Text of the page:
AL HAMNIK: Shorthanded Bulls haven't lost the chip on their shoulder

2013-05-10T20:15:00Z 2013-05-11T21:19:08Z AL HAMNIK: Shorthanded Bulls haven't lost the chip on their shoulderAl Hamnik Times Columnist
May 10, 2013 8:15 pm  • 

CHICAGO | Coach Tom Thibodeau says we're missing the real story.

It's not Derrick Rose's year-long absence and the daily guessing game as to his availability, if at all.

The real story is what Thibodeau's Bulls, never at full strength, have accomplished in 92 games with eight new faces that required name tags at media day.

They were a fifth seed, not eighth as most had projected late in the regular season. They beat Brooklyn in the first round and entered Friday night's Game 3 of the semifinals with Miami tied at 1-1.

Only Nate Robinson and Jimmy Butler have played in all 92 games, seldom at 100 percent.

Why should Friday's medical report be any different?

Luol Deng (illness) and Kirk Hinrich (calf) were again inactive, taking with them 25 points, 10 rebounds and nine assists a game which the Bulls couldn't afford to lose.

I mean, grit and physicality will take you only so far against superior talent -- which the Heat have oozing from their stacked roster.

“From the outside, we knew (Rose) would be the big story. But on the inside, we knew from the beginning there was a good chance he would miss a good chunk of the season and the possibility of him missing the entire season,” Thibodeau said in the pre-game.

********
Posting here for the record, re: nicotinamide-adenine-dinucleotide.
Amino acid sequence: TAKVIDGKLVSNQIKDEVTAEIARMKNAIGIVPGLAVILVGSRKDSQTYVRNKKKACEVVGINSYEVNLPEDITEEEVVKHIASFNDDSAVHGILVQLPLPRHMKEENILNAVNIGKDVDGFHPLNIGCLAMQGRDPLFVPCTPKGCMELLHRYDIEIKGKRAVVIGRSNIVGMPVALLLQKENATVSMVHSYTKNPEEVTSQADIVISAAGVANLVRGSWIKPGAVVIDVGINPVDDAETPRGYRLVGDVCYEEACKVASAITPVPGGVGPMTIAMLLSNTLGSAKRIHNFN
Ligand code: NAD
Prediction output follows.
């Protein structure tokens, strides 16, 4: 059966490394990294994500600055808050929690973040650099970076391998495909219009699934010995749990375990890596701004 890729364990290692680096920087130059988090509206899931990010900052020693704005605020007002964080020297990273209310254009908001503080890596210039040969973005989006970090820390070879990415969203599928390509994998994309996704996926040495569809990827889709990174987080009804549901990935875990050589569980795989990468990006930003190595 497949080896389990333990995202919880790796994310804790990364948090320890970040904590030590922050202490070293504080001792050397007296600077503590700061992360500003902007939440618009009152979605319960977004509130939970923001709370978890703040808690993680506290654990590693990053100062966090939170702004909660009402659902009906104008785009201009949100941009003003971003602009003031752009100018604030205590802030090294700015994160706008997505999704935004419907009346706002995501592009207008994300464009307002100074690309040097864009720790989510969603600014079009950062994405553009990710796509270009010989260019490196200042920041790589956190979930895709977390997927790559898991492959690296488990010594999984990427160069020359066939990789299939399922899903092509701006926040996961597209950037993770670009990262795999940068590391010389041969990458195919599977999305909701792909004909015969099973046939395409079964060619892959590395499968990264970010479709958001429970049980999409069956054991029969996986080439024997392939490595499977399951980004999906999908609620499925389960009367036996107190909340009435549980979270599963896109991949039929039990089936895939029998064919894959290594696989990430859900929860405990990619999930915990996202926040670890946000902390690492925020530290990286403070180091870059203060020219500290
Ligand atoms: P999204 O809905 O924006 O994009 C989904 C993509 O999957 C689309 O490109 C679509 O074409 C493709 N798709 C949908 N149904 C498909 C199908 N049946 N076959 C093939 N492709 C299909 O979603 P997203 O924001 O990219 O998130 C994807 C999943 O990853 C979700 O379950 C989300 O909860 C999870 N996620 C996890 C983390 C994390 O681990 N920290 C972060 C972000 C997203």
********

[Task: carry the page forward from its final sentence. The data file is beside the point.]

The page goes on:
“The way we approached it, and it hasn't changed one bit from the beginning, is that the players that are available concentrate on your daily improvement, the next opponent we're playing, and get ready for the game.”

Thibodeau wasn't finished.

“Let Derrick handle his rehab and then hopefully at some point, whether it's next week or next year, rejoin us,” he said.

“But for the guys who are here, we've got to get it done with what we have and we have more than enough to win.”

Trouble is, Rose reportedly stopped doing his rehab weeks ago and the Bulls refuse to address that issue. The team hasn't quit, though. They keep coming at you, even if their shot isn't dropping, key rebounds are elusive and their players are hobbled and heaving.

“Joakim (Noah) is doing fine. He doesn't have the soreness and pain in his foot he had earlier in the year. Each game, better and better,” Thibodeau said. “Kirk is improving and that's a good sign. We're hopeful (for Game 4).”

Few are giving the Bulls any chance of winning this series, most likely to go six games. But you can bet on one thing. They will not go quietly.

In just the first half Friday, Noah and Chris "Birdman" Andersen had to be pulled apart after Andersen fouled Robinson on a drive, then landed squarely on him.

Minutes later, Bulls' backup center Nazr Mohammed was ejected after he fouled LeBron James, then pushed him to the floor.

“We have a team with a lot of pride. We know we're shorthanded. Our only chance is to do it with great intensity and we need everyone at their best,” Thibodeau had said before tipoff.

“One guy not fulfilling his responsibilities can break down the whole group.”

That's not unfair pressure or singling anyone out.

It's a key to survival for the real story to continue.

This column solely represents the writer's opinion. Reach him at

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